Fig. 4. The effect of Penicillium notatum at 6 concentrations on the shoot, root and total fresh
weights of the Chinese radish (Raphanus sativus var. longipinnatus). For the fresh weight of
each part, means having the same letter are not significantly different by DMRT (P = 0.05).
146
Fungal Diversity
a
.•....
..c
Ol
(jj
~
4
ns
>.
o
2
o
o
5.53
11.06
16.59
22.13
27.66
Concentration of Penicillium notatum application (X1 06 spores/ml)
o
shoot length
ill] root
length
•
total length
Fig. 5. The effect of Penicillium notatum at 6 concentrations on the shoot, root and total dry
weights of the Chinese radish (Raphanus sativus var. longipinnatus). For the dry weight of
each part, means having the same letter are not significantly different by DMRT (P = 0.05).
Discussion
The results of these experiments reveal the potential of P. notatum
(KMITL 99) for increasing plant growth, especially in the Chinese radish. The
type of growth promotion may be similar to that produced by the addition of
Trichoderma spp. which have been found to enhance the growth of various
plants (Chang et al., 1986; Paulitz et al., 1986; Windham et al., 1986; Baker,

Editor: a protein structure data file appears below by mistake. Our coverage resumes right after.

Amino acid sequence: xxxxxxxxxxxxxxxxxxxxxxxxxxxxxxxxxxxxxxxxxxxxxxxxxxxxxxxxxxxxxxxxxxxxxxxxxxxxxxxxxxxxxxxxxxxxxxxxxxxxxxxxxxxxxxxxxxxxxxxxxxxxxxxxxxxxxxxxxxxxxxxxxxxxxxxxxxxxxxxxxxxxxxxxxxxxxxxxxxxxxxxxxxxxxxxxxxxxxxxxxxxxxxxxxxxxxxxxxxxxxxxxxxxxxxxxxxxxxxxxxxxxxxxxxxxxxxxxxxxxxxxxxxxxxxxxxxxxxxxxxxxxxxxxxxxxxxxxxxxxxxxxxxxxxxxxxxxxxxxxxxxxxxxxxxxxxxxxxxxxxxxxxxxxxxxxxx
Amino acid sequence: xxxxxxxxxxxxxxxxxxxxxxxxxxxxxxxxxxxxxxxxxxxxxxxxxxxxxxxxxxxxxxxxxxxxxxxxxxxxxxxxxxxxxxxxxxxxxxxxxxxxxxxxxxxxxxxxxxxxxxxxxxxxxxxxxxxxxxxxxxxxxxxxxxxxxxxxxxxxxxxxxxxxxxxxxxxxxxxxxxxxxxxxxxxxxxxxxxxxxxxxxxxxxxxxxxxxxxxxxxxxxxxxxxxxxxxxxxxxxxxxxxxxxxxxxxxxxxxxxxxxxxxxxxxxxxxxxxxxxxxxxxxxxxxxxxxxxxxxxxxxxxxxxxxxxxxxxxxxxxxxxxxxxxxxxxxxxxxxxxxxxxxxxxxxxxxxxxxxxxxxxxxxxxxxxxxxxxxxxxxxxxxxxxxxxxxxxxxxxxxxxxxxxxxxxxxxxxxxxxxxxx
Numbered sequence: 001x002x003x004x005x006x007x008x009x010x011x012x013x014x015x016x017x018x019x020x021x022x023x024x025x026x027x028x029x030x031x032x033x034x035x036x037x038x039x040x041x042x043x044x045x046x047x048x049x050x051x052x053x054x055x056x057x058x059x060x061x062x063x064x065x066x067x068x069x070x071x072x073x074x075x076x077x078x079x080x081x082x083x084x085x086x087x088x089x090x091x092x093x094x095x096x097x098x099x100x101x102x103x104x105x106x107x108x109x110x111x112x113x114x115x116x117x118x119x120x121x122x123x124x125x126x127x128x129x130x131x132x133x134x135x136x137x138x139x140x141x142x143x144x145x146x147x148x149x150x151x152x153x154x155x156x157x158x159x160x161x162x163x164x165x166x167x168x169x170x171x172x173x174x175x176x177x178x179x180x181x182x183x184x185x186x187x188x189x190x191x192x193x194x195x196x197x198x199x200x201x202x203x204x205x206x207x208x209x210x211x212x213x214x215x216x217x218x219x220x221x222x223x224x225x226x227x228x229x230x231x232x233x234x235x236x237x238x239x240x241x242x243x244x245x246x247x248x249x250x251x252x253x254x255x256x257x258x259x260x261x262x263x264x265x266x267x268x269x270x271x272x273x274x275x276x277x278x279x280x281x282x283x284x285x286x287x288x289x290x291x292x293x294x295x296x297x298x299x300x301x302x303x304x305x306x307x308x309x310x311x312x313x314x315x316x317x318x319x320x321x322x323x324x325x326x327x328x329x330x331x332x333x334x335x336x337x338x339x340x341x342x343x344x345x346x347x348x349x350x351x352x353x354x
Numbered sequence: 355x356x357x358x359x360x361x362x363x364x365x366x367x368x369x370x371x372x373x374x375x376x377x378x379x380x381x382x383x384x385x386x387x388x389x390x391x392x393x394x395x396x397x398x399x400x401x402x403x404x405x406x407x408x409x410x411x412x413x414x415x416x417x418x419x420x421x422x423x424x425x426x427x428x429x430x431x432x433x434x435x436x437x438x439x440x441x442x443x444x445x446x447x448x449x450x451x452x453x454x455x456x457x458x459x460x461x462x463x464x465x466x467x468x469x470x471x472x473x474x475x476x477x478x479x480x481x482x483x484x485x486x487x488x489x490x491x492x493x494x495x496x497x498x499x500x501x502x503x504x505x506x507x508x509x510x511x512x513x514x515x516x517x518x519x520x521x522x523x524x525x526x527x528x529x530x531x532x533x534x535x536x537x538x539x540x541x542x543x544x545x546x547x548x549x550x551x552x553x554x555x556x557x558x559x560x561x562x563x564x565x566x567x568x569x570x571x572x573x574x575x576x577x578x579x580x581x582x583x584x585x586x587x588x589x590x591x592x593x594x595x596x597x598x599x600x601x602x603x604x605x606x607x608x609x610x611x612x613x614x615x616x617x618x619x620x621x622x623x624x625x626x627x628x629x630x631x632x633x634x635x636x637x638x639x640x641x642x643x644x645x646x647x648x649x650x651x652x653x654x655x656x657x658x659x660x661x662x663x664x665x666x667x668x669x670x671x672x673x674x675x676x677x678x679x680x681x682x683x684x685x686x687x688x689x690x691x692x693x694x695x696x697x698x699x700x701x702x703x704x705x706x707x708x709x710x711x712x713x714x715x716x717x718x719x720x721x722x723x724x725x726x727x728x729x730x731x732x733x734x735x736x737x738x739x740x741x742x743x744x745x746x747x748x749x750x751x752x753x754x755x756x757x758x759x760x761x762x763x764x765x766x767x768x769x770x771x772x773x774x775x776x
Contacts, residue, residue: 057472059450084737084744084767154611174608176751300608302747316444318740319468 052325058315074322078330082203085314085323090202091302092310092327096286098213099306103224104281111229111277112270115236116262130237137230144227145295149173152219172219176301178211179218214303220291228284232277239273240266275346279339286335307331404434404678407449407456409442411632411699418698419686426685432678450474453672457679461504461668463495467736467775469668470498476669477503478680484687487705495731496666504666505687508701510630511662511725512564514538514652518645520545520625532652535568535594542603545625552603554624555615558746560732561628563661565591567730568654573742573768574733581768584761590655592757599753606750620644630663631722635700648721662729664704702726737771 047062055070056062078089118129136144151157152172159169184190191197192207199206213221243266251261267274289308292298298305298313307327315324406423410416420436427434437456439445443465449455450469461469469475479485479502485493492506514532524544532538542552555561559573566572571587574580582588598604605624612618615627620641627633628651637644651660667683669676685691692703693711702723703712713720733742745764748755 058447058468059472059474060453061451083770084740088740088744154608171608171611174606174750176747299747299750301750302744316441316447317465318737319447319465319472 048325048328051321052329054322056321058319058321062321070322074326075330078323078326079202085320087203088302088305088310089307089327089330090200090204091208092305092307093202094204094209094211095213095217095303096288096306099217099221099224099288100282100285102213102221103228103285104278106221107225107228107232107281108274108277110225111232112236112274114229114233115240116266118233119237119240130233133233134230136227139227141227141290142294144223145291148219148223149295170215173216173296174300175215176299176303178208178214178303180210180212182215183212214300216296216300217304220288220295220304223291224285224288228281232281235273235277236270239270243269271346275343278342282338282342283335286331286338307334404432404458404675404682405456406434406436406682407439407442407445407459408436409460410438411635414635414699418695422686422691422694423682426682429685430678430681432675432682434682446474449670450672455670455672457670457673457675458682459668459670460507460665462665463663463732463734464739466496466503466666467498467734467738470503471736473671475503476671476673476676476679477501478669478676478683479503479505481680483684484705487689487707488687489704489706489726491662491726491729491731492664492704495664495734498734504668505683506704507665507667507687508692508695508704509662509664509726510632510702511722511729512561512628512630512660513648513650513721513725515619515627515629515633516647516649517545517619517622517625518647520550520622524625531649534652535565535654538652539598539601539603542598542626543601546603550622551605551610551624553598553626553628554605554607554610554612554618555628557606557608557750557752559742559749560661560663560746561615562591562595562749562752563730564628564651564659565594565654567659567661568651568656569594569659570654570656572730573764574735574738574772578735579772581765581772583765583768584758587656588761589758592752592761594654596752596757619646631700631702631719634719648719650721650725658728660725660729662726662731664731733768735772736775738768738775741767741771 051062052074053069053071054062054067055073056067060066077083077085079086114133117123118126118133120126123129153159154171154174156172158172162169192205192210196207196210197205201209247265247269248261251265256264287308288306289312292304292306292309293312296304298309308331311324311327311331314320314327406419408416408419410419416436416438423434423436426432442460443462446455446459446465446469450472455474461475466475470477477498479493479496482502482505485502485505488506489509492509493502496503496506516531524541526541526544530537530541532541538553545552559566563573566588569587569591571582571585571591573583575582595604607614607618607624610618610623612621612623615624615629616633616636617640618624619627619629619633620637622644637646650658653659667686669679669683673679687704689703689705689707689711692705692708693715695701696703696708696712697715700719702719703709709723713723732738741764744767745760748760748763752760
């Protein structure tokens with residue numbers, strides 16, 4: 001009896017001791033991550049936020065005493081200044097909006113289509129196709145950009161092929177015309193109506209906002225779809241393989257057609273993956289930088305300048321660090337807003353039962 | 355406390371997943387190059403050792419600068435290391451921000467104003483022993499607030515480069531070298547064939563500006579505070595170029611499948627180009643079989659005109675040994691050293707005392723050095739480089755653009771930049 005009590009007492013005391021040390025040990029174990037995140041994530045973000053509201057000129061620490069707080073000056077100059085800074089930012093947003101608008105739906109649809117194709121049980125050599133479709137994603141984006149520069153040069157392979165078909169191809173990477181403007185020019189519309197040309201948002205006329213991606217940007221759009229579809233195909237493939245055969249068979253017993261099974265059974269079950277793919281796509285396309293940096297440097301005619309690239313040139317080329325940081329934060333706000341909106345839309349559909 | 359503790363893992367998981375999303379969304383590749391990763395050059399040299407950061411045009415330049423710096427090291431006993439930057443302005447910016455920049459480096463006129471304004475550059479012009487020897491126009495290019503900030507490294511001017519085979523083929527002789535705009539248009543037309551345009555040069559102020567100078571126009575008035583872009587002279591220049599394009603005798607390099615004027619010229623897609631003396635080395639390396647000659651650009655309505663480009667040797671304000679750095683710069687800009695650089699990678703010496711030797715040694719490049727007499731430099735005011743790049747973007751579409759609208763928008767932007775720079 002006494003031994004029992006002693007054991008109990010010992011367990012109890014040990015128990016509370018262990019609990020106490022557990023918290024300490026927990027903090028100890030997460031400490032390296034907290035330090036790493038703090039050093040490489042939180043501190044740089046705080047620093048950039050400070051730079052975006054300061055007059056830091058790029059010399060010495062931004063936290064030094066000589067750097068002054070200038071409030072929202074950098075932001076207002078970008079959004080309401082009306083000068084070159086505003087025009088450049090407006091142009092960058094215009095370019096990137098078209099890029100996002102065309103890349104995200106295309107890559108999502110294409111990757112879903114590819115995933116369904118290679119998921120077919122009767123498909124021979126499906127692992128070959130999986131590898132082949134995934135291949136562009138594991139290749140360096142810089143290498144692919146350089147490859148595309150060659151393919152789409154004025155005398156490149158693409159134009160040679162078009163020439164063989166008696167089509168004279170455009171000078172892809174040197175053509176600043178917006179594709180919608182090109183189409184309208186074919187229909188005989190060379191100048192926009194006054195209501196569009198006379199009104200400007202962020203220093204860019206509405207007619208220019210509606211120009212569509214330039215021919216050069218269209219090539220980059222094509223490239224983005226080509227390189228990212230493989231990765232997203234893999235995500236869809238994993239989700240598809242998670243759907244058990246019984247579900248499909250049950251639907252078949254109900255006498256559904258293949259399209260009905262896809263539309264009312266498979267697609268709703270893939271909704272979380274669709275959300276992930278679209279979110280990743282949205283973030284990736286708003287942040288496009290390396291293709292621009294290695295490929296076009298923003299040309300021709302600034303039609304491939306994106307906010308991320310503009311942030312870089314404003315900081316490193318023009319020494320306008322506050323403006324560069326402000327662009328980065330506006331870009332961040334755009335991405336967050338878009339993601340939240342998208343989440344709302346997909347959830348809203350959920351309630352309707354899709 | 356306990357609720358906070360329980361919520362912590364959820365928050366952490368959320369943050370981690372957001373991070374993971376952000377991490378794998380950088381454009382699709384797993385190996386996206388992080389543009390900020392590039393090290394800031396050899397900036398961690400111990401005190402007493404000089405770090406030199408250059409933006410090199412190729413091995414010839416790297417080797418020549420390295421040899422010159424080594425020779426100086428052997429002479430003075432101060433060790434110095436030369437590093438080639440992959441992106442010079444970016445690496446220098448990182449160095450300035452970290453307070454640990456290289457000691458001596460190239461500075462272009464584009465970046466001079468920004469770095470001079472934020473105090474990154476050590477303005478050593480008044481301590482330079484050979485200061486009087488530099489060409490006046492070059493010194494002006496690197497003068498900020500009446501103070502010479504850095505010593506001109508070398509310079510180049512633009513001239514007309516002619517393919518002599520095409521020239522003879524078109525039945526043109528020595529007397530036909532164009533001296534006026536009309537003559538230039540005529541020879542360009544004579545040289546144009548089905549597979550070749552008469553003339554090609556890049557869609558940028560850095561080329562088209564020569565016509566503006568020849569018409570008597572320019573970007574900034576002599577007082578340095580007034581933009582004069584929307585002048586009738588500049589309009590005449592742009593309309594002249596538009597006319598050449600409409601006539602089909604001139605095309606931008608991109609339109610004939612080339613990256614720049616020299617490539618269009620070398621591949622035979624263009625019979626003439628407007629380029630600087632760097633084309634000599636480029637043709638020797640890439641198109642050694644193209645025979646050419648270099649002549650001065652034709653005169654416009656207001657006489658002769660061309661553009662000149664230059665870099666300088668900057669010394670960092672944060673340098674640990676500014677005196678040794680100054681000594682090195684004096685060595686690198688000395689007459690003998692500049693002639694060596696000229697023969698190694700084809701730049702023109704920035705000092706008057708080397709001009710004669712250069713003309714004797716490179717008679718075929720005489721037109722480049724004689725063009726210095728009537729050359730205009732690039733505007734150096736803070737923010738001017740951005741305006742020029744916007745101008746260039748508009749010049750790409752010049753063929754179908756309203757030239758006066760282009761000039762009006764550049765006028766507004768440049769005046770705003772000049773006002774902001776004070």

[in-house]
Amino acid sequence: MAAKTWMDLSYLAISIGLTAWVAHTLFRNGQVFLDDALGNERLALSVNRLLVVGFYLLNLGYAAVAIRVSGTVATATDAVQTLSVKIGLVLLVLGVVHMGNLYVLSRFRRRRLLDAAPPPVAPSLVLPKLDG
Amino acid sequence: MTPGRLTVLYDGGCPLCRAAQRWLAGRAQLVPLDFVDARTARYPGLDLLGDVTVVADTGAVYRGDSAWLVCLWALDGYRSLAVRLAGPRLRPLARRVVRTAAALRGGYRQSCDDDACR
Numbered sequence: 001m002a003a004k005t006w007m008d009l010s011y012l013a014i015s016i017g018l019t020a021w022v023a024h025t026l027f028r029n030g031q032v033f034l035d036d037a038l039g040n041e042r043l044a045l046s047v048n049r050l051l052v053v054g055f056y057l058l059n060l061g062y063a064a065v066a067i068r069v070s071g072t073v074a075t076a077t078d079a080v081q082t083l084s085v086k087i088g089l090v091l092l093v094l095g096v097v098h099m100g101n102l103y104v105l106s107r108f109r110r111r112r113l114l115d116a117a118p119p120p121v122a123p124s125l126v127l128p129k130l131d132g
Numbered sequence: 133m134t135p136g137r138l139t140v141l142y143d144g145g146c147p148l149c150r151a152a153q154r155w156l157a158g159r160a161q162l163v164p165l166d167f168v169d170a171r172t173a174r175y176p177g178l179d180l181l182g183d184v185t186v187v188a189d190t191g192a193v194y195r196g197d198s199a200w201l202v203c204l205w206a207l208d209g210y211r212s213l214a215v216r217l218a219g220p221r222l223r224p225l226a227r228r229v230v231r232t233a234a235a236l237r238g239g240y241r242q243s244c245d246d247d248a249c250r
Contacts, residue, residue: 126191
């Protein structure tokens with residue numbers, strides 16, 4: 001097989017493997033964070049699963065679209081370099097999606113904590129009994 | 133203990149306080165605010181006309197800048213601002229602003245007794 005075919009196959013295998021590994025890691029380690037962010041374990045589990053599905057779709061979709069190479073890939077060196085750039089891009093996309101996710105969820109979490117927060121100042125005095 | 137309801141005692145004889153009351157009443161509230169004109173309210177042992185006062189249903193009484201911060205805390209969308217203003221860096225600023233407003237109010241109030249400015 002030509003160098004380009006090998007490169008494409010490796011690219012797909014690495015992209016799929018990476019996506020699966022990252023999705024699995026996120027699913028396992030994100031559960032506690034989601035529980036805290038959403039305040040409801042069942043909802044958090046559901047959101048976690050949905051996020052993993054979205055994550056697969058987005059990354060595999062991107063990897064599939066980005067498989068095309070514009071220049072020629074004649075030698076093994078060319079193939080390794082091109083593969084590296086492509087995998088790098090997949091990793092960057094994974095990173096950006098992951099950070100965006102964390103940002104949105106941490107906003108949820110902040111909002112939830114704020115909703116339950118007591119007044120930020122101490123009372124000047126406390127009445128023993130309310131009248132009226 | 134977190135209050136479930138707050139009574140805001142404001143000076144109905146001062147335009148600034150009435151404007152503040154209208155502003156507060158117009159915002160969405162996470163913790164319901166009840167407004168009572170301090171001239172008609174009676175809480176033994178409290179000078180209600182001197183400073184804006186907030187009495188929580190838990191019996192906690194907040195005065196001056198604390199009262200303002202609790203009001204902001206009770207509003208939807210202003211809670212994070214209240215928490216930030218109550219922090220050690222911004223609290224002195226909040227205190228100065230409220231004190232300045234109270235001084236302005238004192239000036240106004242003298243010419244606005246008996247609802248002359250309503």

1988; Kleifeld and Chet, 1992; Ousley et al., 1994 a,b; Phuwiwat and Soy tong,
1999 a,b; Harman, 2000).
The increased plant growth induced by Trichoderma spp., has been found
to be dependent on many factors such as plants, the strain of Trichoderma
used, the form of inoculum, the concentrations of inoculum applied, and the
soil environment (Paulitz et al., 1986; Baker, 1988; Kleifeld and Chet, 1992;
Ousley et al., 1994a,b). In this study, P. notatum (KMITL 99) had no
significant effect on the growth of Chinese mustard and no effect on the growth
of cucumber plants. However, there are no previously reports that P. notatum
could enhance plant growth. Some reports have shown that P. chrysogenum is
able to control Verticillium wilt of tomato (Dutta, 1981). Interestingly, Mishra
and Tiwan (1976) reported that P. notatum could inhibit and reduce the number
of rust pustules in wheat caused by Puccinia graminis f. sp. tritici. It would be
interesting to test this specific strain of P. notatum (KMITL 99) for biological
control of plant pathogens. Further investigations are needed to determine the
potential of this fungus on the growth promotion of different crop plants. The
effective strains should be selected and the suitable concentrations for plant
growth promotion should be investigated. Moreover, the soil environment that
is suitable for promoting plant growth should also be studied.
147
Acknowledgements
Financial support from the annual budjetary of the Ministry of University Affairs is
gratefully acknowledged. We would like to thank K.D. Hyde for his comments on our
manuscript.
References
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(Received 20 October 2000, accepted 10 July 2001)